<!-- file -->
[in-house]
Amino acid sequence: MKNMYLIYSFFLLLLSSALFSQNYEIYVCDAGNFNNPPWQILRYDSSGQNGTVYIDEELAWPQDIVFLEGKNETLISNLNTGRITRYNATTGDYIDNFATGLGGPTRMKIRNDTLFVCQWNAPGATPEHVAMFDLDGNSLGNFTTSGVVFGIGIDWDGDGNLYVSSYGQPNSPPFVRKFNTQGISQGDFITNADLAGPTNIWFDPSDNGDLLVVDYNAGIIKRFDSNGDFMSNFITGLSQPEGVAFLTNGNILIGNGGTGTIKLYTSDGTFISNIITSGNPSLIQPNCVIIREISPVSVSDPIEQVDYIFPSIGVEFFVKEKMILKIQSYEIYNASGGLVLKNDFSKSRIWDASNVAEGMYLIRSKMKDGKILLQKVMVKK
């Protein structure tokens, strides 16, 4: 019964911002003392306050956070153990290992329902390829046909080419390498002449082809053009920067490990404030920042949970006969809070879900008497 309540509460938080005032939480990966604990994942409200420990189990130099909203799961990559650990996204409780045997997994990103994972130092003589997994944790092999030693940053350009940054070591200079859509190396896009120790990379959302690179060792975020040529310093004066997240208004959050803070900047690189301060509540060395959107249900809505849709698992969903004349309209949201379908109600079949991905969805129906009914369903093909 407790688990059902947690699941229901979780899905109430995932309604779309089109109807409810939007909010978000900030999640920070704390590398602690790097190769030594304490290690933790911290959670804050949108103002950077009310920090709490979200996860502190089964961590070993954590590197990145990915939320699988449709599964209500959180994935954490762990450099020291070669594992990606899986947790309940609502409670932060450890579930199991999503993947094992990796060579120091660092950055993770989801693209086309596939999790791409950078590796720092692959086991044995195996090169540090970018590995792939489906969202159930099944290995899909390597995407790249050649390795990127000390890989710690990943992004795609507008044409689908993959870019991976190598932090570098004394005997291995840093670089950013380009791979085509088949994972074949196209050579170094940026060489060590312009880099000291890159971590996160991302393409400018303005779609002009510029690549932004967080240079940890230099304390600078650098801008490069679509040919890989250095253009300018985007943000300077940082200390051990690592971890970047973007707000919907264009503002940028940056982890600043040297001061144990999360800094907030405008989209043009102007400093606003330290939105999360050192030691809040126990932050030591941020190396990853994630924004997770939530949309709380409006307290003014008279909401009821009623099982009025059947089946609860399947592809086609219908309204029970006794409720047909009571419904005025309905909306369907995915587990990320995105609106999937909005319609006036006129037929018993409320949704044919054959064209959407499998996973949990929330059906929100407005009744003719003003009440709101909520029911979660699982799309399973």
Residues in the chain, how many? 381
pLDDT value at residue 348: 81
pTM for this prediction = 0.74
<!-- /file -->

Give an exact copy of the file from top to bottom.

[in-house]
Amino acid sequence: MKNMYLIYSFFLLLLSSALFSQNYEIYVCDAGNFNNPPWQILRYDSSGQNGTVYIDEELAWPQDIVFLEGKNETLISNLNTGRITRYNATTGDYIDNFATGLGGPTRMKIRNDTLFVCQWNAPGATPEHVAMFDLDGNSLGNFTTSGVVFGIGIDWDGDGNLYVSSYGQPNSPPFVRKFNTQGISQGDFITNADLAGPTNIWFDPSDNGDLLVVDYNAGIIKRFDSNGDFMSNFITGLSQPEGVAFLTNGNILIGNGGTGTIKLYTSDGTFISNIITSGNPSLIQPNCVIIREISPVSVSDPIEQVDYIFPSIGVEFFVKEKMILKIQSYEIYNASGGLVLKNDFSKSRIWDASNVAEGMYLIRSKMKDGKILLQKVMVKK
């Protein structure tokens, strides 16, 4: 019964911002003392306050956070153990290992329902390829046909080419390498002449082809053009920067490990404030920042949970006969809070879900008497 309540509460938080005032939480990966604990994942409200420990189990130099909203799961990559650990996204409780045997997994990103994972130092003589997994944790092999030693940053350009940054070591200079859509190396896009120790990379959302690179060792975020040529310093004066997240208004959050803070900047690189301060509540060395959107249900809505849709698992969903004349309209949201379908109600079949991905969805129906009914369903093909 407790688990059902947690699941229901979780899905109430995932309604779309089109109807409810939007909010978000900030999640920070704390590398602690790097190769030594304490290690933790911290959670804050949108103002950077009310920090709490979200996860502190089964961590070993954590590197990145990915939320699988449709599964209500959180994935954490762990450099020291070669594992990606899986947790309940609502409670932060450890579930199991999503993947094992990796060579120091660092950055993770989801693209086309596939999790791409950078590796720092692959086991044995195996090169540090970018590995792939489906969202159930099944290995899909390597995407790249050649390795990127000390890989710690990943992004795609507008044409689908993959870019991976190598932090570098004394005997291995840093670089950013380009791979085509088949994972074949196209050579170094940026060489060590312009880099000291890159971590996160991302393409400018303005779609002009510029690549932004967080240079940890230099304390600078650098801008490069679509040919890989250095253009300018985007943000300077940082200390051990690592971890970047973007707000919907264009503002940028940056982890600043040297001061144990999360800094907030405008989209043009102007400093606003330290939105999360050192030691809040126990932050030591941020190396990853994630924004997770939530949309709380409006307290003014008279909401009821009623099982009025059947089946609860399947592809086609219908309204029970006794409720047909009571419904005025309905909306369907995915587990990320995105609106999937909005319609006036006129037929018993409320949704044919054959064209959407499998996973949990929330059906929100407005009744003719003003009440709101909520029911979660699982799309399973």
Residues in the chain, how many? 381
pLDDT value at residue 348: 81
pTM for this prediction = 0.74